For whom does a 10-year fixed-rate mortgage work best?
Before deciding on the term of your mortgage, be sure to take into account the advantages and disadvantages of selecting a 10-year fixed-term mortgage for you. The 10-year fixed-rate mortgage may be a sound option if you:
If you’re approaching retirement with a steady income, the 10-year fixed-rate mortgage may be a good choice. This may be ideal for those looking to close out their mortgages sooner rather than later. However, it’s vital that anyone considering this loan be prepared for retirement with a healthy retirement fund. Those considering a 10-year mortgage should ideally be approximately 10 years from when they plan to retire.
Have a very steady income
Because the 10-year fixed-rate mortgage requires higher monthly payments, it’s crucial that you be able to afford these higher rates for the entire life of the loan. To ensure you’ll be able to keep up with high mortgage payments, you should have a high, steady income and robust savings.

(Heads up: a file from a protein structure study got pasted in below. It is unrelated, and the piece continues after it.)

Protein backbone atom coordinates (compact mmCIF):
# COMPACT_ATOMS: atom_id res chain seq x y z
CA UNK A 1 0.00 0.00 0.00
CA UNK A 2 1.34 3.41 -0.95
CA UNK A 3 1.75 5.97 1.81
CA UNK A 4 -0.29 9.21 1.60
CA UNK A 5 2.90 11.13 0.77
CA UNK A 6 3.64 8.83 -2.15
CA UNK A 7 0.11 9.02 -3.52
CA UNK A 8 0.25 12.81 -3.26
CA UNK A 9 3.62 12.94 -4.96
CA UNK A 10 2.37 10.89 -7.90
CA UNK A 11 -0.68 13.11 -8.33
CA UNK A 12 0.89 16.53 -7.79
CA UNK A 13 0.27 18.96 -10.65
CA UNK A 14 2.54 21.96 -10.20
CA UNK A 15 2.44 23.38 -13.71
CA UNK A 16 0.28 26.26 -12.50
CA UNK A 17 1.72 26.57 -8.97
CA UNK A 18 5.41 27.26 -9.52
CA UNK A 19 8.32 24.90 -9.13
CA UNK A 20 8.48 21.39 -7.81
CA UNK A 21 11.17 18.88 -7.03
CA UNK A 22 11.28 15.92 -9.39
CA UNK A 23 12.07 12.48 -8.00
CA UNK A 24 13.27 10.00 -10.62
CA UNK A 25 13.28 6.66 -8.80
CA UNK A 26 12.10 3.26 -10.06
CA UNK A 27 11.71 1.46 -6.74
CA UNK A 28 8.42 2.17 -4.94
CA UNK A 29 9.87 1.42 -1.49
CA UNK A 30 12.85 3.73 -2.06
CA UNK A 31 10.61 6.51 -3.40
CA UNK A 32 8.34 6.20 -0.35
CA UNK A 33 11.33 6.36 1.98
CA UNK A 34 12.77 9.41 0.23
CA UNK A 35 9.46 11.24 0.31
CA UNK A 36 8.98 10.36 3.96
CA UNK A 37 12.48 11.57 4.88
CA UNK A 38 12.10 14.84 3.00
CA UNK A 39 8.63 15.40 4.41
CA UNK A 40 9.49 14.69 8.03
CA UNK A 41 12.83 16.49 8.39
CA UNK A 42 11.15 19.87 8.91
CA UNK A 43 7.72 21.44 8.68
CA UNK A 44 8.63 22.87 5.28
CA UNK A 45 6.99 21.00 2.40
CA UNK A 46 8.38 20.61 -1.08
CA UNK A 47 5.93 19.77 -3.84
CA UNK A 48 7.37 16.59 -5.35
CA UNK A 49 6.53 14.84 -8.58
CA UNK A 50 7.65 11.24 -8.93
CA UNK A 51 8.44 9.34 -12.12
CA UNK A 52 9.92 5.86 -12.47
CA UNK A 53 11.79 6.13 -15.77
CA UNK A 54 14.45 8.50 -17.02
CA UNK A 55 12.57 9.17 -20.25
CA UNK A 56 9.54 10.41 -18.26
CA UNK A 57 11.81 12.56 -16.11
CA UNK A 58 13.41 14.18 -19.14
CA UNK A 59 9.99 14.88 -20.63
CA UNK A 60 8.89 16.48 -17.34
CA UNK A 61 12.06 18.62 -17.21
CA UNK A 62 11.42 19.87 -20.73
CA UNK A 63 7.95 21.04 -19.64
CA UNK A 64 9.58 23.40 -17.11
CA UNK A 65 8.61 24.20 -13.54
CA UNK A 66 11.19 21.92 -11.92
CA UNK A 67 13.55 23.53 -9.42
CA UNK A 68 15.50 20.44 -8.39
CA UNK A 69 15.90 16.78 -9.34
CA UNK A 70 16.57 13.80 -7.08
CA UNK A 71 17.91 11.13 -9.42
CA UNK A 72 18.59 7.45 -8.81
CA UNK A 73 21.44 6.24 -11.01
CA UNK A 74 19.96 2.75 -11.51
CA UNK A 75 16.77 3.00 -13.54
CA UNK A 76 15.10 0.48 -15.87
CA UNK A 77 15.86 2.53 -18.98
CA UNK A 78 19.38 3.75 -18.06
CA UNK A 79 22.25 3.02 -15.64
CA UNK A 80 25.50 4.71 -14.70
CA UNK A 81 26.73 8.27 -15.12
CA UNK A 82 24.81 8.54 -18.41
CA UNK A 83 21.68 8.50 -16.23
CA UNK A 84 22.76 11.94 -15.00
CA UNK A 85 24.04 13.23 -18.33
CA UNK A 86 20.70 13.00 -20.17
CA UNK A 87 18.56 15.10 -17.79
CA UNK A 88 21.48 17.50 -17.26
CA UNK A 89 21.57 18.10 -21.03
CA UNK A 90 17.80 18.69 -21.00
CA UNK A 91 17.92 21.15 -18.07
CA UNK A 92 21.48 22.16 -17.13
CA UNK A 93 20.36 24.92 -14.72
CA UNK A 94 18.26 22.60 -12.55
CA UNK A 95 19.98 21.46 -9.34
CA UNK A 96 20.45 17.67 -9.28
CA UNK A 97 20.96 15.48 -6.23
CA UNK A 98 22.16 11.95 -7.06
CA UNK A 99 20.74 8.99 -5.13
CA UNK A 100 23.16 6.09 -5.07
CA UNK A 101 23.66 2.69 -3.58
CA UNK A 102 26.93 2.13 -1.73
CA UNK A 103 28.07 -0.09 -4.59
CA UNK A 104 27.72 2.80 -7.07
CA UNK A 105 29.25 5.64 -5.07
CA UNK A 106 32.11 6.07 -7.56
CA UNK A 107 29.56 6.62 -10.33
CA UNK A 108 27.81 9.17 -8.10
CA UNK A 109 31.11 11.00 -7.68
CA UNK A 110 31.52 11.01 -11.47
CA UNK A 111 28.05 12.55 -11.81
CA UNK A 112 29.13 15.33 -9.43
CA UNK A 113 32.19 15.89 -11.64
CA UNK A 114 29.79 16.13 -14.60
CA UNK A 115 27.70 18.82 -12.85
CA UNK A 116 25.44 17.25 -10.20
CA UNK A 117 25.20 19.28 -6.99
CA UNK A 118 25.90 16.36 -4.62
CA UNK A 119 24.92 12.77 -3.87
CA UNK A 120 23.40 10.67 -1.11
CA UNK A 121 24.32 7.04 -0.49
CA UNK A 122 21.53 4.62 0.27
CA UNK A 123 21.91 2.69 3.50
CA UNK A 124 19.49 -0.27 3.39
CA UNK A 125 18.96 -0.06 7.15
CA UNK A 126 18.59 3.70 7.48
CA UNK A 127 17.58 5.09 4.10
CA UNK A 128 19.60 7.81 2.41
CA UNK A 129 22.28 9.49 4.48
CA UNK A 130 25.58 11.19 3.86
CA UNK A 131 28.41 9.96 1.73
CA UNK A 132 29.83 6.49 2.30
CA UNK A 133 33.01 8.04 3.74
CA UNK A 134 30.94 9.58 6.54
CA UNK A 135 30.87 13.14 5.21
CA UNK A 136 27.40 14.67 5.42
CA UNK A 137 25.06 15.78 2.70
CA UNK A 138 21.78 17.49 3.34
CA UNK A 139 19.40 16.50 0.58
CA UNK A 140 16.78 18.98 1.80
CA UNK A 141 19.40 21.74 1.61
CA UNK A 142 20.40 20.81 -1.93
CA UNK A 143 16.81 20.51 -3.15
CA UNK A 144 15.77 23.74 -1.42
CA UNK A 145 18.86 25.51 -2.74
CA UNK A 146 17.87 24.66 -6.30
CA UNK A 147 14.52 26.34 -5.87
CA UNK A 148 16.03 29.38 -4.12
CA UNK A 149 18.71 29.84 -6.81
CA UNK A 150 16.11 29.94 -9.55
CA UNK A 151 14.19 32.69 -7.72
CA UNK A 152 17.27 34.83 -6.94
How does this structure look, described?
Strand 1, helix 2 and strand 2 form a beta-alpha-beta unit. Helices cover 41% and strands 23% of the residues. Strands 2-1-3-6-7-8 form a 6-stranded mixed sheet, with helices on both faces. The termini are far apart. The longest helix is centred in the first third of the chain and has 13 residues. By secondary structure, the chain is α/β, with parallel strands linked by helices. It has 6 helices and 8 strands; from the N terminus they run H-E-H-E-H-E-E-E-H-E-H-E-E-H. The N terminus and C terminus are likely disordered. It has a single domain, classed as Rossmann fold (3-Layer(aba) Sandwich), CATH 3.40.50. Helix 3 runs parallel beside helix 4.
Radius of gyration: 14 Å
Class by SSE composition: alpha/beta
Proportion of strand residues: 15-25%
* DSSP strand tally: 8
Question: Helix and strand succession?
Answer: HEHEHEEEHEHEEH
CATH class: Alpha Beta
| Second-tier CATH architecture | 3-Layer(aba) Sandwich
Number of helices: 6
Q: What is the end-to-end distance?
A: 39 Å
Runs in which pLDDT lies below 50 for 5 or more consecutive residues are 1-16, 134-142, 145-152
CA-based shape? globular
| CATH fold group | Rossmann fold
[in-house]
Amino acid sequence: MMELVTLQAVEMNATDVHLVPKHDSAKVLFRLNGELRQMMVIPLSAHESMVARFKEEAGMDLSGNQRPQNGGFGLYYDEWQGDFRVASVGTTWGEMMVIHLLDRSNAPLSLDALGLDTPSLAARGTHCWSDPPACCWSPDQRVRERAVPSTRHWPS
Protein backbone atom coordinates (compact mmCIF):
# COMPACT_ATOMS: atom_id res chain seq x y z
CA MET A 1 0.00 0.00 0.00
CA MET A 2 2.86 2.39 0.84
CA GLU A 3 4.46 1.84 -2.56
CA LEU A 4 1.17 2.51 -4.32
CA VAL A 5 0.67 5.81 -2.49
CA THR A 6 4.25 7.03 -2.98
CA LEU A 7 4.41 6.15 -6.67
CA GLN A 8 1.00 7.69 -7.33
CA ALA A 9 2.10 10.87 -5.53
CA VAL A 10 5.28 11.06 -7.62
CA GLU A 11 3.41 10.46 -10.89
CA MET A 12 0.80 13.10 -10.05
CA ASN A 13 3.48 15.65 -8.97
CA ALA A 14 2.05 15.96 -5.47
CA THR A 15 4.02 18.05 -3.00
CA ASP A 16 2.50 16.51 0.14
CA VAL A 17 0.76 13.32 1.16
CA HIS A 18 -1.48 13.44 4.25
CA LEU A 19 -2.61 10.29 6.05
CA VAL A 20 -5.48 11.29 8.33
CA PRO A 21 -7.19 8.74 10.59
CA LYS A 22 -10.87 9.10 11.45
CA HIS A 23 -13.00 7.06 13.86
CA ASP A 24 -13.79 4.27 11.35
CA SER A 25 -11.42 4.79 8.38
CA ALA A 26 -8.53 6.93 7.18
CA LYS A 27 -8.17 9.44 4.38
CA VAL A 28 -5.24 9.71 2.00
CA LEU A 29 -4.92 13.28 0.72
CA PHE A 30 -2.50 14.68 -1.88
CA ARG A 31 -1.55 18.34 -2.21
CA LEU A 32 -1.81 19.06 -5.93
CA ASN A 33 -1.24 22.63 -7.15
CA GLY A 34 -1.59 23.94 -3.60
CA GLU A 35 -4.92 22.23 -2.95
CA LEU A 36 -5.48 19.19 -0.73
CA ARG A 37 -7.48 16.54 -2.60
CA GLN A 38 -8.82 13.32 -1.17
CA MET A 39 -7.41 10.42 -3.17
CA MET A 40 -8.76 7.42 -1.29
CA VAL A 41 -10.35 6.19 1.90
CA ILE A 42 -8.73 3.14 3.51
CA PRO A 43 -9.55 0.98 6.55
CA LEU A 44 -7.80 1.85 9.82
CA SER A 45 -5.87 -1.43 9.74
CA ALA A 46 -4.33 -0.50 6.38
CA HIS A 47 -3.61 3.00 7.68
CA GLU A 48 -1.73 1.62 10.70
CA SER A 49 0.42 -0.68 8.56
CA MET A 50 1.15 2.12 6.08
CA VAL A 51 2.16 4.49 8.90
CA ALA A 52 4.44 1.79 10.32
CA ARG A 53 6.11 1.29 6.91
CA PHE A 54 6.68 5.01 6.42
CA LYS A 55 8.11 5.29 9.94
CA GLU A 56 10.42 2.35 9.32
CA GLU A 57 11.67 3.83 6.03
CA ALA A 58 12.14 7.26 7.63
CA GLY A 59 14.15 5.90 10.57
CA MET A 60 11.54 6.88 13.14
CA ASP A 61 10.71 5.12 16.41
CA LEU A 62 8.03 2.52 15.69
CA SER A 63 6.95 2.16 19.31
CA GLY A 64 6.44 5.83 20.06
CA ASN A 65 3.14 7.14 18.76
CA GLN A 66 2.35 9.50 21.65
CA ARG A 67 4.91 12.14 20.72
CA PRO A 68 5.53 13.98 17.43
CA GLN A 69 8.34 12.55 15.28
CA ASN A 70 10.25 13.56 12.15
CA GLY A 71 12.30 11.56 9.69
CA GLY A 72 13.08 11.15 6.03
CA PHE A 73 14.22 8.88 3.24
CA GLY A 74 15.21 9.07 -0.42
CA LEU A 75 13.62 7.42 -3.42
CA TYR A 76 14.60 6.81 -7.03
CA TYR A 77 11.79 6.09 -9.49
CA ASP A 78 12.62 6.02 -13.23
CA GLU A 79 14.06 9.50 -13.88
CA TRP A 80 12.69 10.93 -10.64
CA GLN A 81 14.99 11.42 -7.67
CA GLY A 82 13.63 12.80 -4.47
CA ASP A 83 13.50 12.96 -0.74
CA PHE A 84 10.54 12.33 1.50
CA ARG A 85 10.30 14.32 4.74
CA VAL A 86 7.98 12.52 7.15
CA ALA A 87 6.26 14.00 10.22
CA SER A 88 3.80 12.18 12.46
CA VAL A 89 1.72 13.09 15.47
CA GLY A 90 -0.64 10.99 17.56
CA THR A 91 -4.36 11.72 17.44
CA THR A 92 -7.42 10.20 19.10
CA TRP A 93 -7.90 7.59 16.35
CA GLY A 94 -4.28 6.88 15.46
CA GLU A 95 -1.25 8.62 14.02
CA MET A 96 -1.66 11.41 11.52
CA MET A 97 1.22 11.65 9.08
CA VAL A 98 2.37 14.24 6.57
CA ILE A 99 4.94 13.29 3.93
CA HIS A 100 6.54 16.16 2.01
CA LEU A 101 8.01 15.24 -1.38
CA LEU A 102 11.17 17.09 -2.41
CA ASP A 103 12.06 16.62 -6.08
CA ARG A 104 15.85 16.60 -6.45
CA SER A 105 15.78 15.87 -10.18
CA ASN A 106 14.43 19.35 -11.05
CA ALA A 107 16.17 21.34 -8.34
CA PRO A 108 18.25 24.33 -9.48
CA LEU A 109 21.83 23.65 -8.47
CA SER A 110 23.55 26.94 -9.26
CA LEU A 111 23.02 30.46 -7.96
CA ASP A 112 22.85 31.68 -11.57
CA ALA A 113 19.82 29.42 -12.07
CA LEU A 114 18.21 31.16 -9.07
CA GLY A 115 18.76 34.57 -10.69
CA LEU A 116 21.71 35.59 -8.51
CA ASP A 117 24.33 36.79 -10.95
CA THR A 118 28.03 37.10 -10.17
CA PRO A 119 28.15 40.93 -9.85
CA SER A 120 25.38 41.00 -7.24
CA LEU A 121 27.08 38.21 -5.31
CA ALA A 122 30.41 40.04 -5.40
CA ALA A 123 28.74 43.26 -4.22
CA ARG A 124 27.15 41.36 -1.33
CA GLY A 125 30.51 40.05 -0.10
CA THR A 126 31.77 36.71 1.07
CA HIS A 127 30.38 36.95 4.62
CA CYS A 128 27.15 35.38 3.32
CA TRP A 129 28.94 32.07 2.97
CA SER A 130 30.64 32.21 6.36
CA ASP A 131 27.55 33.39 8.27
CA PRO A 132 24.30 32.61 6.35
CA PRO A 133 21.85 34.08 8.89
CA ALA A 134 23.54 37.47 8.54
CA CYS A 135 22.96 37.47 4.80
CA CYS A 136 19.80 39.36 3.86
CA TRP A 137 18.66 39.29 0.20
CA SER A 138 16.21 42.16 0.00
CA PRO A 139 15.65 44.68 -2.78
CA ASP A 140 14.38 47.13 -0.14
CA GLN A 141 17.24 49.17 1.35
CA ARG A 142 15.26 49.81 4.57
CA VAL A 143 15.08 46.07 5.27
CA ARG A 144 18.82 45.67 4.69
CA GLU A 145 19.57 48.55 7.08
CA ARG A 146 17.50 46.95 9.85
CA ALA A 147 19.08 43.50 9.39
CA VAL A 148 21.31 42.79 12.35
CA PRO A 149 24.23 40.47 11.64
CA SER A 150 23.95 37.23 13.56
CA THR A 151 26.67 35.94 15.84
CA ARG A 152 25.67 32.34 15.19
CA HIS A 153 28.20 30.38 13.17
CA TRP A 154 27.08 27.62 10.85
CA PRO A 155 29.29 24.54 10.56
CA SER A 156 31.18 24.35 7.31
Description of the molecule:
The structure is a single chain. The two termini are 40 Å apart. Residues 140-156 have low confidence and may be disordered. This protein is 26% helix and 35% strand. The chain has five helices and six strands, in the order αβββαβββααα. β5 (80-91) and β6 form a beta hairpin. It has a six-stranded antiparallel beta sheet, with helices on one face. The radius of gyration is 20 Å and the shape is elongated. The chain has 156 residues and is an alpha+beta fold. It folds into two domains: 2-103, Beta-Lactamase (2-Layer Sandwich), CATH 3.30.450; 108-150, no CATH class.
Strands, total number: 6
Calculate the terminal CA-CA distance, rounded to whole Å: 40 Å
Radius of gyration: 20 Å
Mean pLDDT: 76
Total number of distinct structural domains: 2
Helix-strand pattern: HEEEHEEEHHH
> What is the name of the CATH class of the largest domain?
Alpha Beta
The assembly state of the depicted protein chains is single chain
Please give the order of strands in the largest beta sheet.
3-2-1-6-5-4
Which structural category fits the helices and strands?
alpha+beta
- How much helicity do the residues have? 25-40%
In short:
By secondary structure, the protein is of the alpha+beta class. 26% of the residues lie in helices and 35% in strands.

Don’t have other significant debts
If you currently have a high amount of credit card debt or other high-interest debts, the 10-year fixed-rate mortgage may not be the right choice for your household. Instead, examine whether an aggressive plan to pay down those debts first might be a better choice.
On the other hand, if you have little high-interest debt and are planning to make paying off a mortgage your top financial priority, after careful consideration, you may wish to choose this home loan option.
A 10-year fixed-rate mortgage presents a range of pros and cons to homebuyers and those looking to refinance their homes. Weigh your options seriously and take into account how steady your income is and whether you’ll be able to keep up with high mortgage payments. Think about your financial goals, whether that’s building equity quickly or paying down other high-income debt.
Remember, too, that there is a middle ground between the 10-year fixed-rate loan and the 30-year fixed-rate loan: the 15-year fixed-rate loan.
This mortgage offers benefits from both loan programs, including lower interest rates than a 30-year loan while still shortening the life of the loan by making somewhat higher payments that may be easier for you to maintain over the years.